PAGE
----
Jodie Foster Honored With Prestigious Stanley Kubrick Britannia Award, Yet Still Has Social Anxiety

Jodie Foster is widely known as one of the most distinguished alumnae of Yale University, the prestigious Ivy League school. Even though she had already established herself as a successful actress, Jodie Foster, born Alicia Christian Foster in 1962, decided to pursue higher education at the prestigious University by specializing in the field of literature.

Her decision to specialize in literature may sound surprising as the young actress had almost reached the zenith of her acting career in 1977 when she was nominated for an Academy Award in the Best Actress category for her role as a teenage prostitute in Taxi Driver; the 1976 movie featuring Robert De Niro under the Direction of the legendary Martin Scorcese.

Jodie Foster has been in show business since she was just three-years-old; however, she was always considered to be an academically inclined student who used her education for her artistic pursuits. According to University Herald, Jodie Foster used her French language education at The Lycee Francais de Los Angeles to win roles in French movies.

Despite specializing in literature, the already-talented actress went on to excel in both acting and direction. In 1997, Yale University awarded Jodie Foster an Honorary Doctorate in Fine Arts after she proved herself by winning two Academy Awards; the first for her role in The Accused and the second for The Silence of the Lambs, in addition to her direction of two popular movies, Little Man Tate and Home for the Holidays.

Most recently, BAFTA Los Angeles has announced that the actress would be the recipient of the 2016 Stanley Kubrick Britannia Award for Excellence in Film. According to Variety, Kieran Breen, the Chairperson of BAFTA Los Angeles, commended Jodie Foster’s talent in the contrasting roles she portrayed beautifully in two of the most acclaimed movies released in 1976: Taxi Driver and Bugsy Malone.

By winning the Stanley Kubrick Achievement Award, Jodie Foster will join the ranks of other distinguished film personalities such as Steven Spielberg, Meryl Streep, and Denzel Washington.

Despite appreciating the important role that academic education plays, Jodie Foster credits her lifelong acting experience as the reason for the career success. According to W Magazine, the actress spoke about the significance of practical experience in the lives of film professionals who wish to build a successful career in acting.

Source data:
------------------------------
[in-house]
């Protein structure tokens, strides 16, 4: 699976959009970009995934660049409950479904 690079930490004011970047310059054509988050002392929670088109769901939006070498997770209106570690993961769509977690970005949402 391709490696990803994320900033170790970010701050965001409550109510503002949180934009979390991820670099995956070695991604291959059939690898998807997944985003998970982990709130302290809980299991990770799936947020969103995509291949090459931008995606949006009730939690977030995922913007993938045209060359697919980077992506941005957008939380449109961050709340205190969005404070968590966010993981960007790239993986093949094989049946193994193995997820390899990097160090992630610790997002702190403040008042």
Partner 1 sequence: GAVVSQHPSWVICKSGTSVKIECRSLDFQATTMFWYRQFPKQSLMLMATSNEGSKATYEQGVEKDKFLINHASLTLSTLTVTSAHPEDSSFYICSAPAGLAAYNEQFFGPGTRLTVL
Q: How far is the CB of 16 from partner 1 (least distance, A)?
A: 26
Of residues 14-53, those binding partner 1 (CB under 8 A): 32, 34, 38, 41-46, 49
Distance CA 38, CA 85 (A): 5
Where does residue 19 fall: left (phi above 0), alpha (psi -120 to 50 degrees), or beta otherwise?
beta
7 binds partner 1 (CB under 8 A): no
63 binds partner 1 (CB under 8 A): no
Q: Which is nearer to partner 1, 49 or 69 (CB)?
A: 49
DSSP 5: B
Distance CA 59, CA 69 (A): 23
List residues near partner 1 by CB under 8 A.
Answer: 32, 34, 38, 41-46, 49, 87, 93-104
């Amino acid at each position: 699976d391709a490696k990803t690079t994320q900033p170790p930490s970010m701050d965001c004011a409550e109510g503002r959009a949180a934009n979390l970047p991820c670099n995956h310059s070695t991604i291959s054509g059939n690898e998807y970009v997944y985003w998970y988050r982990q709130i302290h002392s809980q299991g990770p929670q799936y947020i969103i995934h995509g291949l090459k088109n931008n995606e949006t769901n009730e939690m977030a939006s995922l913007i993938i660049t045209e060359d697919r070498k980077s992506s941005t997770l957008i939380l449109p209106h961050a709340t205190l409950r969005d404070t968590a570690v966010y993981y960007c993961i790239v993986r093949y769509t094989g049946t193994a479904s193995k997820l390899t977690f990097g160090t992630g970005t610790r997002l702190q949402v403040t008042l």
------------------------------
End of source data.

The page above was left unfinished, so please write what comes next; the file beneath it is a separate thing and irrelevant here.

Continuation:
“My entire life as an actor has been a film school for me. And not just the director, but to all the technicians and what goes into making a movie.”

Throughout her career, Jodie Foster has sharpened her skills by observing her directors and other artists, rather than maintaining a notebook or journal. More particularly, this talented actress credits Robert De Niro with making her realize that acting is more than pretending to play a character. In fact, Jodie Foster revealed that Robert De Niro took her under his wing when they were working together in Taxi Driver. The Godfather actor used to take her with him to coffee shops to improvise his lines by actually playing his Taxi Driver character in public.

Under Robert De Niro’s guidance, Jodie Foster realized the importance of actually creating the character rather than merely reading the script. The filming of Taxi Driver was clearly an enriching experience for the then 12-year-old actress who came to realize that becoming a successful actor is no simple task.

Currently, after spending 50 glorious, successful years in the film industry, Jodie Foster feels confident in sharing her filmmaking expertise. Even though she’s an extremely accomplished actress, the 53-year-old still relives the nervousness she experienced during her adolescent years. According to W Magazine, Jodie Foster spoke about the apprehension she still feels while casually socializing.

“I almost have a fear of picking up the phone and calling up somebody to say, ‘Would you like to have dinner or lunch with me?'”

[Featured Image by Mark Metcalfe/Getty Images]